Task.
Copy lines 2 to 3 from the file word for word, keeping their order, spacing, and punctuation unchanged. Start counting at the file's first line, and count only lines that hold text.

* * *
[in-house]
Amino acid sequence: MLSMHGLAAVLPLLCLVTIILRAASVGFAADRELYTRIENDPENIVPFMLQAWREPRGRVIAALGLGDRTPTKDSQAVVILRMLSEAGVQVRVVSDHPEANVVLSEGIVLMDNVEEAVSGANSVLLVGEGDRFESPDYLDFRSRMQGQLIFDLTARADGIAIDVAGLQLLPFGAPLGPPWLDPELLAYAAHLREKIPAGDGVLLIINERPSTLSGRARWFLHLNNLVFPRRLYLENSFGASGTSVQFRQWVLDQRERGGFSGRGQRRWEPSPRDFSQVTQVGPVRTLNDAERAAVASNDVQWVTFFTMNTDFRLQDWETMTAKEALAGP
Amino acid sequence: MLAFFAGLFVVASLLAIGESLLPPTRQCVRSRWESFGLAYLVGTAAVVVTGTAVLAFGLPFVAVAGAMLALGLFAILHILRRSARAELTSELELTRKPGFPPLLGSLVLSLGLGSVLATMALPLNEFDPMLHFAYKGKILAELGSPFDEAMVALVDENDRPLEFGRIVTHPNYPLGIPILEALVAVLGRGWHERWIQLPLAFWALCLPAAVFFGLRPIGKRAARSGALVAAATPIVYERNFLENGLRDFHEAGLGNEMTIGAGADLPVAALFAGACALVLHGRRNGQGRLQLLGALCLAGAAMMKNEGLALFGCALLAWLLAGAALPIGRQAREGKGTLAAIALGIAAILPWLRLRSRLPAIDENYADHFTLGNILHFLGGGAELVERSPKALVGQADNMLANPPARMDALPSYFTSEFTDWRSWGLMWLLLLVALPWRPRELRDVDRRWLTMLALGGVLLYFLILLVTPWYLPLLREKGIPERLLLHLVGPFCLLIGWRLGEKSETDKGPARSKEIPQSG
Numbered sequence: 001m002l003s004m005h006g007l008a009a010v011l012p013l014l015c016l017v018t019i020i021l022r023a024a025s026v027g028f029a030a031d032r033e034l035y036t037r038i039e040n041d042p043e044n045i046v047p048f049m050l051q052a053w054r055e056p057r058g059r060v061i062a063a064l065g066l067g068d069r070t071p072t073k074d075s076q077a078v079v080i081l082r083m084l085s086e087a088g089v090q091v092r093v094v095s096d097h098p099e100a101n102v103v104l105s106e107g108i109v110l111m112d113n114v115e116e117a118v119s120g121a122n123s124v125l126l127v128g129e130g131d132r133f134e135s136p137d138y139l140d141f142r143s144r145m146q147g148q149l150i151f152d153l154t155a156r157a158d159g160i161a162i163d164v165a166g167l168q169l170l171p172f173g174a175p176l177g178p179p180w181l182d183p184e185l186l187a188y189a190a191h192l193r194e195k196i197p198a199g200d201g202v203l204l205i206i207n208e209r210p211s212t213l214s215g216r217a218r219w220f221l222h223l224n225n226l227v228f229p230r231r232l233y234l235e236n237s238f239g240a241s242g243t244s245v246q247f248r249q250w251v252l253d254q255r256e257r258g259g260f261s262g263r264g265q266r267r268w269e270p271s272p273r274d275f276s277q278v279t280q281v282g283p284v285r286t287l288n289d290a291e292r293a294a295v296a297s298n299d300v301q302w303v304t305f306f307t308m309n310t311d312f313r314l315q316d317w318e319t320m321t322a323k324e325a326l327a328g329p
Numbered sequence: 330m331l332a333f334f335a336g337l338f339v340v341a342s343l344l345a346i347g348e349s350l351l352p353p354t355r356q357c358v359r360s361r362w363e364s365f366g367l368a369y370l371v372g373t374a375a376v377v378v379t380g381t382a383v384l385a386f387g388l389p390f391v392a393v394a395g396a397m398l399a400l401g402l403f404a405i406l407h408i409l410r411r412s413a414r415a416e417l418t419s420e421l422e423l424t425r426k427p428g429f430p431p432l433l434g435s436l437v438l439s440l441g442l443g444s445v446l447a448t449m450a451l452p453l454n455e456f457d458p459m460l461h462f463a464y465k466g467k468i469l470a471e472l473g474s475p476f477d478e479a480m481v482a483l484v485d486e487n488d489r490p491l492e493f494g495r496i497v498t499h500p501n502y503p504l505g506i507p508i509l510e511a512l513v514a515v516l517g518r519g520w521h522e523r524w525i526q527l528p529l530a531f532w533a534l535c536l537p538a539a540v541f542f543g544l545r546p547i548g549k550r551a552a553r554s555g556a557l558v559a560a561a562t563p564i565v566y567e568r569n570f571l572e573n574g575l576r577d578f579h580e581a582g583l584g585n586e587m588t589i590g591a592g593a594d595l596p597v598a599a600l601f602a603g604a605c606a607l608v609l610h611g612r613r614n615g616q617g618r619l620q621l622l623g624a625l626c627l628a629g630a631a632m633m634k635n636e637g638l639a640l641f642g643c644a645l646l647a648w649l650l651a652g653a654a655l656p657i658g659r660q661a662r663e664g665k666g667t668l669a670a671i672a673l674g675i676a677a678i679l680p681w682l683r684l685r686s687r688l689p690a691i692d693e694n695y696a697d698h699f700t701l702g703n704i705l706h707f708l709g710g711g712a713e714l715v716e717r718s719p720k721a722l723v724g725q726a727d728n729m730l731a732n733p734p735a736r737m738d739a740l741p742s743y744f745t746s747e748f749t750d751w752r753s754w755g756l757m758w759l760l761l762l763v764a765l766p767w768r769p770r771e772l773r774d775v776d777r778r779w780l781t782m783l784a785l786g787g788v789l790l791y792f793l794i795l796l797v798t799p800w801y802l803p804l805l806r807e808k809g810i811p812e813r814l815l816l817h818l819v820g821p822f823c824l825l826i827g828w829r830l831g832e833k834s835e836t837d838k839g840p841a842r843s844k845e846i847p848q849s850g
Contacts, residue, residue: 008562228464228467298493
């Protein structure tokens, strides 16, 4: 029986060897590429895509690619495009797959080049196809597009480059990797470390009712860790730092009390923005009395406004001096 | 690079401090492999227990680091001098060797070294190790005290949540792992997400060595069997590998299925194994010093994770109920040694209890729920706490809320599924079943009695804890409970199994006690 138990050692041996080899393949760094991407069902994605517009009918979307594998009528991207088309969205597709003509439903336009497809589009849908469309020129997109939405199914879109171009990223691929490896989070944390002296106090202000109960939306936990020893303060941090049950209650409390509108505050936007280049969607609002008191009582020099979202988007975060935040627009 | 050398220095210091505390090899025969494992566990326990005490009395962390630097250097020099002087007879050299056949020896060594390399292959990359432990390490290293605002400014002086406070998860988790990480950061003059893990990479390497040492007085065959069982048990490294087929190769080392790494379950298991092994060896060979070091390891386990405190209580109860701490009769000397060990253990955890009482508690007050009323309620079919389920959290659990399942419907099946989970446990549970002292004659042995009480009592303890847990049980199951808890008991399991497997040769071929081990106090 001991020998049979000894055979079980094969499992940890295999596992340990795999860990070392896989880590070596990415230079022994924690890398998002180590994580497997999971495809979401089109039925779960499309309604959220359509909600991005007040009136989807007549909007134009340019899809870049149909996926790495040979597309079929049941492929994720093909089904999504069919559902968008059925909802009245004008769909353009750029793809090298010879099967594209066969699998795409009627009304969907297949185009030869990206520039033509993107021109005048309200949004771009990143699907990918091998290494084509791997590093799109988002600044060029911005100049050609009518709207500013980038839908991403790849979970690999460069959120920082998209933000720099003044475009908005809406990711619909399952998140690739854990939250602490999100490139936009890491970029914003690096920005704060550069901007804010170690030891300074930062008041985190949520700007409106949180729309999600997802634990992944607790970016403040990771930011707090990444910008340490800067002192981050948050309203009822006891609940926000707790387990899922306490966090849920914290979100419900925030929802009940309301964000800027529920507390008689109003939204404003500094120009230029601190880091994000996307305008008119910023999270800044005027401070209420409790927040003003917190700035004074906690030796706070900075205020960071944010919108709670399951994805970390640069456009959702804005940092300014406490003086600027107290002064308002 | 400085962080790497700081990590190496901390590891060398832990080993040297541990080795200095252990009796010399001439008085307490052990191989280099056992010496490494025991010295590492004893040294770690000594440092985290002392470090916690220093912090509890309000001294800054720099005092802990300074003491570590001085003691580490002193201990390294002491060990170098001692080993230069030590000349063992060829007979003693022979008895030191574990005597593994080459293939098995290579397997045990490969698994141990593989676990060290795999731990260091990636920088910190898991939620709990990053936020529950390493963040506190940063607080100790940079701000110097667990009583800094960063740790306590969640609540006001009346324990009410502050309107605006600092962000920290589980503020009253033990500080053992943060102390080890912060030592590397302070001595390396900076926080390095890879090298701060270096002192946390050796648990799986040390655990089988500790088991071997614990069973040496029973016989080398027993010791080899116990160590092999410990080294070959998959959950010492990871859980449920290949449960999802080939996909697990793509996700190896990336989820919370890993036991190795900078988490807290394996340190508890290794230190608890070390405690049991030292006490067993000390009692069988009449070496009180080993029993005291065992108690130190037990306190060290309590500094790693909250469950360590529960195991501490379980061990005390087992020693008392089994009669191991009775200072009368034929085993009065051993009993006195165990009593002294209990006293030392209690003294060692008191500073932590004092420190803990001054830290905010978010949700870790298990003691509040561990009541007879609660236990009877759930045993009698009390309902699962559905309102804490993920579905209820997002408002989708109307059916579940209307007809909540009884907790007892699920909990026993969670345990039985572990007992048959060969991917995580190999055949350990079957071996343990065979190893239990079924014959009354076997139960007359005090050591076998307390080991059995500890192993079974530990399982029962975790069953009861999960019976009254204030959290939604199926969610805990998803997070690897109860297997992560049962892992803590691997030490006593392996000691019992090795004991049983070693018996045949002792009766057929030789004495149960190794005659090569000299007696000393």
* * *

Amino acid sequence: MLSMHGLAAVLPLLCLVTIILRAASVGFAADRELYTRIENDPENIVPFMLQAWREPRGRVIAALGLGDRTPTKDSQAVVILRMLSEAGVQVRVVSDHPEANVVLSEGIVLMDNVEEAVSGANSVLLVGEGDRFESPDYLDFRSRMQGQLIFDLTARADGIAIDVAGLQLLPFGAPLGPPWLDPELLAYAAHLREKIPAGDGVLLIINERPSTLSGRARWFLHLNNLVFPRRLYLENSFGASGTSVQFRQWVLDQRERGGFSGRGQRRWEPSPRDFSQVTQVGPVRTLNDAERAAVASNDVQWVTFFTMNTDFRLQDWETMTAKEALAGP
Amino acid sequence: MLAFFAGLFVVASLLAIGESLLPPTRQCVRSRWESFGLAYLVGTAAVVVTGTAVLAFGLPFVAVAGAMLALGLFAILHILRRSARAELTSELELTRKPGFPPLLGSLVLSLGLGSVLATMALPLNEFDPMLHFAYKGKILAELGSPFDEAMVALVDENDRPLEFGRIVTHPNYPLGIPILEALVAVLGRGWHERWIQLPLAFWALCLPAAVFFGLRPIGKRAARSGALVAAATPIVYERNFLENGLRDFHEAGLGNEMTIGAGADLPVAALFAGACALVLHGRRNGQGRLQLLGALCLAGAAMMKNEGLALFGCALLAWLLAGAALPIGRQAREGKGTLAAIALGIAAILPWLRLRSRLPAIDENYADHFTLGNILHFLGGGAELVERSPKALVGQADNMLANPPARMDALPSYFTSEFTDWRSWGLMWLLLLVALPWRPRELRDVDRRWLTMLALGGVLLYFLILLVTPWYLPLLREKGIPERLLLHLVGPFCLLIGWRLGEKSETDKGPARSKEIPQSG